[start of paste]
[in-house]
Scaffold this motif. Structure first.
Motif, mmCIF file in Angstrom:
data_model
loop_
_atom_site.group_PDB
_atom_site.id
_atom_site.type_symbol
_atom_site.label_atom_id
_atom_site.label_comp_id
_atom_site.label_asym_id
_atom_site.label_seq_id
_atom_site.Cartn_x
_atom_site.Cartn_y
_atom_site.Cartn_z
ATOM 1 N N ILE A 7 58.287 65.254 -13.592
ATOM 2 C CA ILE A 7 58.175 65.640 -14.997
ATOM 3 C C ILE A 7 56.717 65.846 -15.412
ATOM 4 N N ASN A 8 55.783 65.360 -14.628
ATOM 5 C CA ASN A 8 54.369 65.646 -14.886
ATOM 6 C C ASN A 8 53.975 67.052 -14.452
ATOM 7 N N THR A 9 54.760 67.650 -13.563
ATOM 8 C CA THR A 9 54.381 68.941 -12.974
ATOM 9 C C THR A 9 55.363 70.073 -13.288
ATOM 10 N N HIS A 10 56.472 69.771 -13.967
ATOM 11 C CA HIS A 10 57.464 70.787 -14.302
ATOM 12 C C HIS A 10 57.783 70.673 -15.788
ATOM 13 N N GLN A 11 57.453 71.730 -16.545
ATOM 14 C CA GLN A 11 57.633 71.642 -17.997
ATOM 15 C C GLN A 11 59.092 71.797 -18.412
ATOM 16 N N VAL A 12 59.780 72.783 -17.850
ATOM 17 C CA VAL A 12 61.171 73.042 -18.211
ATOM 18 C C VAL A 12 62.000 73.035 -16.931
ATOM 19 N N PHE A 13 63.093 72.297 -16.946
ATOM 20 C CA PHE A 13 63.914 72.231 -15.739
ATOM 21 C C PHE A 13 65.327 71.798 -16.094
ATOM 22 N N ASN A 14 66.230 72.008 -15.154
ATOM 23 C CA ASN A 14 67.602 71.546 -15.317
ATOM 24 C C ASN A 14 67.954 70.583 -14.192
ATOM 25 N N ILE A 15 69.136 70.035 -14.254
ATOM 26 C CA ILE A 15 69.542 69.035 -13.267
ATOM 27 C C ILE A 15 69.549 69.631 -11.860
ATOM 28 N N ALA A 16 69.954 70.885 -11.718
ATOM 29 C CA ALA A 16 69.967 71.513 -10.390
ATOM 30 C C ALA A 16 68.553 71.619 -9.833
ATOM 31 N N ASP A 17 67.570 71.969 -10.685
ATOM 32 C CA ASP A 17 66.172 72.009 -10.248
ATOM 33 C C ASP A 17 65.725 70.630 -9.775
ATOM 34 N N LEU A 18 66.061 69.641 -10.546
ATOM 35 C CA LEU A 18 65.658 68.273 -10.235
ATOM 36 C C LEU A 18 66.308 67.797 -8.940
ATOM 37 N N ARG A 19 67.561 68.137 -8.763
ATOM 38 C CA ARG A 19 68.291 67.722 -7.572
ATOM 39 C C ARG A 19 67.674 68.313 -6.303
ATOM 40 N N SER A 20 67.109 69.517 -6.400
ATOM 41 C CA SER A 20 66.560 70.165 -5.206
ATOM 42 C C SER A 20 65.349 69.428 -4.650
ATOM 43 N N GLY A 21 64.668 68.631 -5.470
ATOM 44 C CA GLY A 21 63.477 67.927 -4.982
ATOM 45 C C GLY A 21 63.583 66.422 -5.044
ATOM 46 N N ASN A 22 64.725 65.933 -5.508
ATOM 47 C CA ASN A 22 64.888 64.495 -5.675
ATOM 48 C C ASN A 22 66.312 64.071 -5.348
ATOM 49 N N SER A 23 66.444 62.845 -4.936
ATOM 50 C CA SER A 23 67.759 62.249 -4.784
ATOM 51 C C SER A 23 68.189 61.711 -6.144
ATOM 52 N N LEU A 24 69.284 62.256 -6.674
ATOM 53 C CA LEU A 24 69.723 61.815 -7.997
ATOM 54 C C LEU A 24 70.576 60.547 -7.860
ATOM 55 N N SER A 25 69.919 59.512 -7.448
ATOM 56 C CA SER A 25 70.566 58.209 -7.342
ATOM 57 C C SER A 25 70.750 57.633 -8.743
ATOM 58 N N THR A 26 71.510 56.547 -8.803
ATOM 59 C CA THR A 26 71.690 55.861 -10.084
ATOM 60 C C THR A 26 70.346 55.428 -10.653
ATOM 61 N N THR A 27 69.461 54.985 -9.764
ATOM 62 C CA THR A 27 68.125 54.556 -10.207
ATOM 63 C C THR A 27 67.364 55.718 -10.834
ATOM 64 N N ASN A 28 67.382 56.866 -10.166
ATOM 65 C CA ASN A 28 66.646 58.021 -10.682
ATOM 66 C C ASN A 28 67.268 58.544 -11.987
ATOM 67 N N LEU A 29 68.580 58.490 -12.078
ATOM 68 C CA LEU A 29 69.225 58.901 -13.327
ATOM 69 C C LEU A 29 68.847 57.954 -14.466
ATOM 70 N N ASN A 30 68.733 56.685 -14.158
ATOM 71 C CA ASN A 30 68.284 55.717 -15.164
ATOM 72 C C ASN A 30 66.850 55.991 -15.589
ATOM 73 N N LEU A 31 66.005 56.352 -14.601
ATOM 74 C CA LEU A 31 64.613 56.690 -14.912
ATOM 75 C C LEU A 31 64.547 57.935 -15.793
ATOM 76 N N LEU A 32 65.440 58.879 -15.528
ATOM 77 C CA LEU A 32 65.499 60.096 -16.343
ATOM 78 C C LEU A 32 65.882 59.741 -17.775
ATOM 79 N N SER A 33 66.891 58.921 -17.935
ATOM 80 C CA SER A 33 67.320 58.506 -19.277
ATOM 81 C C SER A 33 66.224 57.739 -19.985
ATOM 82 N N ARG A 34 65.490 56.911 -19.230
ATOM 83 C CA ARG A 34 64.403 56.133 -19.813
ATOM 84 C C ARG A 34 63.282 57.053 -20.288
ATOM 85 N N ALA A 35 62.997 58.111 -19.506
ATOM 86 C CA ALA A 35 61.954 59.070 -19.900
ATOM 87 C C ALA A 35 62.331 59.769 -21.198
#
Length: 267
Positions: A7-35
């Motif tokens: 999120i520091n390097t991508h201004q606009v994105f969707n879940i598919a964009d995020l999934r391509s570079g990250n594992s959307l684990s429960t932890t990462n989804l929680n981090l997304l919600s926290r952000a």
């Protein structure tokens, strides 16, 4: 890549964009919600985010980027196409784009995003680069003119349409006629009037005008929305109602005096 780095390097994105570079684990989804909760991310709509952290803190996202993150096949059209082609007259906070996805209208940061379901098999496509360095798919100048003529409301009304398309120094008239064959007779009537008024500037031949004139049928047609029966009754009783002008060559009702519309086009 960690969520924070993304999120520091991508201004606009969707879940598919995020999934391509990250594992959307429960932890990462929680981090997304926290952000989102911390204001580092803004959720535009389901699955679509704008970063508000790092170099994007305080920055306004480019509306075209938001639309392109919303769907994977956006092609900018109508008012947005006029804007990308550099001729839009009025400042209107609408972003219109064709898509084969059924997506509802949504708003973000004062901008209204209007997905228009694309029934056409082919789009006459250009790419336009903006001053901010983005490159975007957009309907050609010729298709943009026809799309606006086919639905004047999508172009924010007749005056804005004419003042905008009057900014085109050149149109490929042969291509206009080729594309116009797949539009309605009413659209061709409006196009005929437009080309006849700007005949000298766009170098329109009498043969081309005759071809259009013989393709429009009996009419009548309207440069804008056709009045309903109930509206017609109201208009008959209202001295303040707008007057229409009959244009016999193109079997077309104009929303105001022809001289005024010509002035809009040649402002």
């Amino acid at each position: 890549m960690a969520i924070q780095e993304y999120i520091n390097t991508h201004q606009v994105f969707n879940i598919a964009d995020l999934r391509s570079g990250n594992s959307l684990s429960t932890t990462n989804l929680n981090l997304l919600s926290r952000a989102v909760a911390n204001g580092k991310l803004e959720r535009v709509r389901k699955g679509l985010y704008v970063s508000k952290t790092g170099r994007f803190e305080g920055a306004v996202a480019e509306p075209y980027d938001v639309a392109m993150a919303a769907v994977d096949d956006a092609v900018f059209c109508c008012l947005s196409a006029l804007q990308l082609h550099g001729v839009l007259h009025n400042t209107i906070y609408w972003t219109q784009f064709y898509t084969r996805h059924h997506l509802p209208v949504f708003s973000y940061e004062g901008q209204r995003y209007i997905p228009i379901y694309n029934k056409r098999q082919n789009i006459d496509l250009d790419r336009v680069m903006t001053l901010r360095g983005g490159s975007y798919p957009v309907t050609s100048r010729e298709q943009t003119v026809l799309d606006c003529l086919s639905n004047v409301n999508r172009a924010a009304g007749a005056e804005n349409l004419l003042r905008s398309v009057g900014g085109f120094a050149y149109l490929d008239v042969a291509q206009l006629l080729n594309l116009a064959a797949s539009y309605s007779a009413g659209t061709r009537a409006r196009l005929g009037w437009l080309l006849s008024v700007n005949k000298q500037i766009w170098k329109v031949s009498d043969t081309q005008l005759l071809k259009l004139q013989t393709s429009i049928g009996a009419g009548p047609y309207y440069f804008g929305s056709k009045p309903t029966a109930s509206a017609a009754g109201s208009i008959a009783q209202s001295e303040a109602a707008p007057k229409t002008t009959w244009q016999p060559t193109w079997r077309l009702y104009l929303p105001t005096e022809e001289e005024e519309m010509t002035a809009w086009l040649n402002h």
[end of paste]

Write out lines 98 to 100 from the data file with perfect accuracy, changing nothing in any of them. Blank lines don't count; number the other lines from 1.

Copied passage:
ATOM 83 C CA ARG A 34 64.403 56.133 -19.813
ATOM 84 C C ARG A 34 63.282 57.053 -20.288
ATOM 85 N N ALA A 35 62.997 58.111 -19.506